She agreed to an interview when we bumped into her at, of all the unlikely places, the rest room of the Turkish Embassy; and she scooted off like a schoolgirl on discovering that they had announced her performance and the crowd was waiting. This lithe, tall, raven-haired girl had the audience electrified as she went from one jazz number to another (my favourites were New York, New York and Summertime) but when she got to Jailhouse Rock or Nazia Hassan’s Aap Jaisa Koi, half the crowd was dancing with abandon in front of the podium.
Squeezed for time, she had agreed to let me drop her to the airport and interview her enroute. She slipped into the car, wearing specs, hair tied at the back and no make-up; quite a stunner in the Frieda Pinto mould.The interview was a breeze, because she is open, articulate, and happy to tell her story. I had full forty minutes with her, before this sylph disappeared into the crowds to catch her flight back.
She is a Karachi kid who got her schooling at the Convent of Jesus and Mary, and after graduating from Hamilton College, a liberal arts school on the east coast of the USA, returned to her hometown. When I needle her about the problems of surviving in the rough milieu of her hometown, instead of a litany of woes, her response is candid: Every place has its challenges, and if I had stayed on in the USA, maybe I wouldn’t have got the kind of break I did in Pakistan”.
Hailing from a middle class family of Karachi, she announces that her parents couldn’t afford to send her abroad and so she applied for scholarship and got into two schools in the USA, and chose Hamilton, a small liberal arts college on the east coast. Her education is broad-based; she majored in Sociology and Fine Arts. She recalls that she worked in the States for a year making documentaries, but then came back and tried her hand with a company of independent filmmakers. When that went broke, she took up a job in advertising. She did music on the side, and was in Chicago and Mama Mia before she joined the team at the Coke Studio.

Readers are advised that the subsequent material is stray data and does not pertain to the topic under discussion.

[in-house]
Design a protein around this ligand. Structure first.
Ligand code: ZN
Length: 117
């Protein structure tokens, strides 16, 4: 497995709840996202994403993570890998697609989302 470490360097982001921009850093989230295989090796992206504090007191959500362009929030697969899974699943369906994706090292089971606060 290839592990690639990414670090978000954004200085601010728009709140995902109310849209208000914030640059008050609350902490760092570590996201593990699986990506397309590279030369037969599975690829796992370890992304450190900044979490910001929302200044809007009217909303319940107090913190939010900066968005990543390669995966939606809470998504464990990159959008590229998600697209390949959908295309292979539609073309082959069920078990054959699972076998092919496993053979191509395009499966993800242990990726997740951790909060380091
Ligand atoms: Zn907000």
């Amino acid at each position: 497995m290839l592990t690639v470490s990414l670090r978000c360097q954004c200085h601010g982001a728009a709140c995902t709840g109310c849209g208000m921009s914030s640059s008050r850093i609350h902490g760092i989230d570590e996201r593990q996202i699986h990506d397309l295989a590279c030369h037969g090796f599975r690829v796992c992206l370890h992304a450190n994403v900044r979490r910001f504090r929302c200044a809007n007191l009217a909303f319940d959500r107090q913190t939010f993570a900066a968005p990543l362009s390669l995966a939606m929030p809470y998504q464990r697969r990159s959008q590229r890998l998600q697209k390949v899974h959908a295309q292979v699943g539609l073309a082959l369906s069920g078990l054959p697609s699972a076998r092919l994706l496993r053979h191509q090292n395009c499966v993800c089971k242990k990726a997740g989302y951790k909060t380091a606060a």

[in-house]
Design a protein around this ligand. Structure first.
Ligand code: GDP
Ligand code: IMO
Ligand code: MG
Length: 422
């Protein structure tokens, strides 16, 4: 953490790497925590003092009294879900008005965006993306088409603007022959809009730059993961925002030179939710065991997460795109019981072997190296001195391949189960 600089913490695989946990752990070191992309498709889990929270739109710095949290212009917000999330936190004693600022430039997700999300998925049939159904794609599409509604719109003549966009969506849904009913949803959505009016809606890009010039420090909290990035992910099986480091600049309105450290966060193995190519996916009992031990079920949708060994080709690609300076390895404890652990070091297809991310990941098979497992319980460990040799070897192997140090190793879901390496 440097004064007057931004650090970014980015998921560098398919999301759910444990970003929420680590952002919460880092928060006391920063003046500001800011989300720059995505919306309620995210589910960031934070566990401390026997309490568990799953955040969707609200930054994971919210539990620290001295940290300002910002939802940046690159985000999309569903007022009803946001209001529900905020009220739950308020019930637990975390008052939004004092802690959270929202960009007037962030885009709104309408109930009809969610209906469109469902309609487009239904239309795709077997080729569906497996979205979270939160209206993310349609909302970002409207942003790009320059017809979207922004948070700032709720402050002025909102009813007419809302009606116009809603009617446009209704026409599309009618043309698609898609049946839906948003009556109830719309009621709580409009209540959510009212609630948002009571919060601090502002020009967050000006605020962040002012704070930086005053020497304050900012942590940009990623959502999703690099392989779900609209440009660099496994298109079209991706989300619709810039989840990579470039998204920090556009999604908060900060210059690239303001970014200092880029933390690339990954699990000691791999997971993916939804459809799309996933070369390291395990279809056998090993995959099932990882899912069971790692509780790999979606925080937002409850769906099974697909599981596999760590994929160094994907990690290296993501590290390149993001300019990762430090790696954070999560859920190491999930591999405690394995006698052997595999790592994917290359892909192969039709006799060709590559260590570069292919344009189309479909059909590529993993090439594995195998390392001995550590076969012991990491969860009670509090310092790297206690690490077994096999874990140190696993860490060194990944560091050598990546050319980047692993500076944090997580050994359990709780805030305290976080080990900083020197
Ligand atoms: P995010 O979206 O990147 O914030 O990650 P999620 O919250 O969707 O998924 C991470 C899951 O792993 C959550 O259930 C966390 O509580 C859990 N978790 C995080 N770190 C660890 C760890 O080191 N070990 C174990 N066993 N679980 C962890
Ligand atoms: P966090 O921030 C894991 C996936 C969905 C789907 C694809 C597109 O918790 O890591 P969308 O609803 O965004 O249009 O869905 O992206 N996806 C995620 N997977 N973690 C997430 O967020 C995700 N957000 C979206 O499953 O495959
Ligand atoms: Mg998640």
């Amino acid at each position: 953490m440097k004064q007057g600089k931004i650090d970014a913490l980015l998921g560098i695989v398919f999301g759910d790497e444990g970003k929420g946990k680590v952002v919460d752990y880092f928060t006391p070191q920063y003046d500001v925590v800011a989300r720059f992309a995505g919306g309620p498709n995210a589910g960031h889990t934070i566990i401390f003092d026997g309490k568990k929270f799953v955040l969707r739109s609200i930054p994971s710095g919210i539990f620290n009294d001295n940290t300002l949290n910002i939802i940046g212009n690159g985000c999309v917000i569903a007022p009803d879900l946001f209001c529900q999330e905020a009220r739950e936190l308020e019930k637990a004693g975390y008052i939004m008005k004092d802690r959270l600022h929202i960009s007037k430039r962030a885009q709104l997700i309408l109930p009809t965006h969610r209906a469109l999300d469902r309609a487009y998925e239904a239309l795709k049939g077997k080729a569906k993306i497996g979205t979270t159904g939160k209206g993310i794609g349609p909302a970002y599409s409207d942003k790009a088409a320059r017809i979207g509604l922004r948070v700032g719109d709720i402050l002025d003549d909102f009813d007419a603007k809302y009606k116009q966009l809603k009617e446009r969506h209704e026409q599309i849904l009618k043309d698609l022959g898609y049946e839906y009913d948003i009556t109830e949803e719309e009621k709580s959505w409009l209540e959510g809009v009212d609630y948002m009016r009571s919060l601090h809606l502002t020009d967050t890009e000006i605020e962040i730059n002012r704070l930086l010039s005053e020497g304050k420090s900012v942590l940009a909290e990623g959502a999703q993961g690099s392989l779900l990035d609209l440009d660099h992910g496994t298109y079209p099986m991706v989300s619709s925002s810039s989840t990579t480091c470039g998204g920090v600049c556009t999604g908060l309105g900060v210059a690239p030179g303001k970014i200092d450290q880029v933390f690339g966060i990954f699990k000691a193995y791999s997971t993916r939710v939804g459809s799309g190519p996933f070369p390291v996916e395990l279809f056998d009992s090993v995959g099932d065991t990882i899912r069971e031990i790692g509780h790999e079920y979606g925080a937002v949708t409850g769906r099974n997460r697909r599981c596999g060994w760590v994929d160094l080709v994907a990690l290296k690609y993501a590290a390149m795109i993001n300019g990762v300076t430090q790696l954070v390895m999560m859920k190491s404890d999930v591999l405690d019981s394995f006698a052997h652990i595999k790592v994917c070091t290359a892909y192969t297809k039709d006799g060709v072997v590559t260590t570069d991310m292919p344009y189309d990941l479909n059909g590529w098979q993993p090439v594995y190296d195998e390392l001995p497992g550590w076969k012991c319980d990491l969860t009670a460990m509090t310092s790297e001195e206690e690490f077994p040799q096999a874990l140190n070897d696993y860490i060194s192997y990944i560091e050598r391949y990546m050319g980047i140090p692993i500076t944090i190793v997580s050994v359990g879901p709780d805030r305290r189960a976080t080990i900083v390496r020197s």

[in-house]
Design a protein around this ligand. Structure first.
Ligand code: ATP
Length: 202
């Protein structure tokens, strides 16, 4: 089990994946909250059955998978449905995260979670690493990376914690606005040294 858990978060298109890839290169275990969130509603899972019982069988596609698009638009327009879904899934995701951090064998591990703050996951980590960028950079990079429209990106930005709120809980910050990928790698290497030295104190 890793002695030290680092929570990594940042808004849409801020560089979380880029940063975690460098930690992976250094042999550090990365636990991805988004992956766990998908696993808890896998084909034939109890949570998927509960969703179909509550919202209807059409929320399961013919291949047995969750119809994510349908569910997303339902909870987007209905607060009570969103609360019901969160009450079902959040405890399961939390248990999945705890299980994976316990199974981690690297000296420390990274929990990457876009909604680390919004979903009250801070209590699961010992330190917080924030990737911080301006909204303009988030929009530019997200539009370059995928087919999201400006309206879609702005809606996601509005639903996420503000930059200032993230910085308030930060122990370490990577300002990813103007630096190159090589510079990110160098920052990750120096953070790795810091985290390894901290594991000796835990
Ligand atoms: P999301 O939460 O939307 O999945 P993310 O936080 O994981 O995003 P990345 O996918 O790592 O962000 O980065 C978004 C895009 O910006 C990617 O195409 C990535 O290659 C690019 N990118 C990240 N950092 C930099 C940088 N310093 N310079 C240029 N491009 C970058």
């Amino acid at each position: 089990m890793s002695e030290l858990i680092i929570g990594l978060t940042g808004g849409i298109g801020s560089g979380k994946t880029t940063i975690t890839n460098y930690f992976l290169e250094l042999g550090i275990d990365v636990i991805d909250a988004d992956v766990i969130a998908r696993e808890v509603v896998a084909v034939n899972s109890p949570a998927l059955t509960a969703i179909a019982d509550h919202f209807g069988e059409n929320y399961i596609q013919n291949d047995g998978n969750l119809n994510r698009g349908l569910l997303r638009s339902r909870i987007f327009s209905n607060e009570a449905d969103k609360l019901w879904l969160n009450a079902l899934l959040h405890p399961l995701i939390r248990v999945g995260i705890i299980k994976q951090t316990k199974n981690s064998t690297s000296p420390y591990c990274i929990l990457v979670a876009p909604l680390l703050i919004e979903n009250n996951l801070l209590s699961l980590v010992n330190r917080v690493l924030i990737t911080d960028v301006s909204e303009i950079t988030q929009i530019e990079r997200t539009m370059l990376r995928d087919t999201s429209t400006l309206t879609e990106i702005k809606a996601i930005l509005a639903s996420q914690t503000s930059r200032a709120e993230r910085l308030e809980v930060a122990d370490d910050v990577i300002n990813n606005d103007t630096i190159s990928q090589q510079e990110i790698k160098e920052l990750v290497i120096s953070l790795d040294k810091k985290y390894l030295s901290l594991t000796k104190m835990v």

When I ask as to how she developed an interest in music, her reply is direct; my mother is a Christian and that community is steeped in music, because they get introduced to singing in the church. The “boys”, as she refers to the Intime Band that accompanies her, is from the Goan community that has a strong music tradition, and has enriched the music scene of Karachi since they arrived in the mid-19th century. She says that music was all around her when she was growing up,and many of their family friends played some instrument. Her mother played the guitar, and exposed her to the jazz greats. At age 10 or 11, she and her best friend Sana would pretend to be performing on stage. By the time she was 15, she was writing her own songs and playing the guitar, and first played on stage in school, when she and her classmates sang Candle in the Wind at Diana’s death. When I ask her who is her favourite singer, the answer bounces back, Ella Fitzgerald.
A jazz buff, it was her exposure to eastern music at the Coke Studio that her interest diversified, and she is now honing her skills and accent in Urdu, so she can compose her songs in it. The “tipping point”, she says, was her first solo show in June 2011, and since then, her life has been consumed by music. Her first album, which she financed herself, took one year to produce and is at the distribution stage. It is going to be released at the same time in India and Pakistan, and has a mix of five English and five Urdu songs.
She says that from age 15-25 was a period of angst for her, but for the last one year, when she turned 28, her music is upbeat and she “wants more songs to spread positivity”. To that end she and producer Zohaib Kazi (under the duo name of Zoe and Zohaib), held workshops where school children joined them in singing Bolo, a number they released just before the elections.
She wants bigger audiences and better acoustics, and maybe that is why a tour of India is being planned. A talented kid with a pluralist background, since her father is a Parsi, she is also a crusader for a better Pakistan. That was the subtext to the entire interview. It is Nau Jawan like her who will reclaim Karachi and Pakistan from mayhem and corruption, and one day Karachi will be the city of lights once again. Zoe is on the cusp of bigger things to come!
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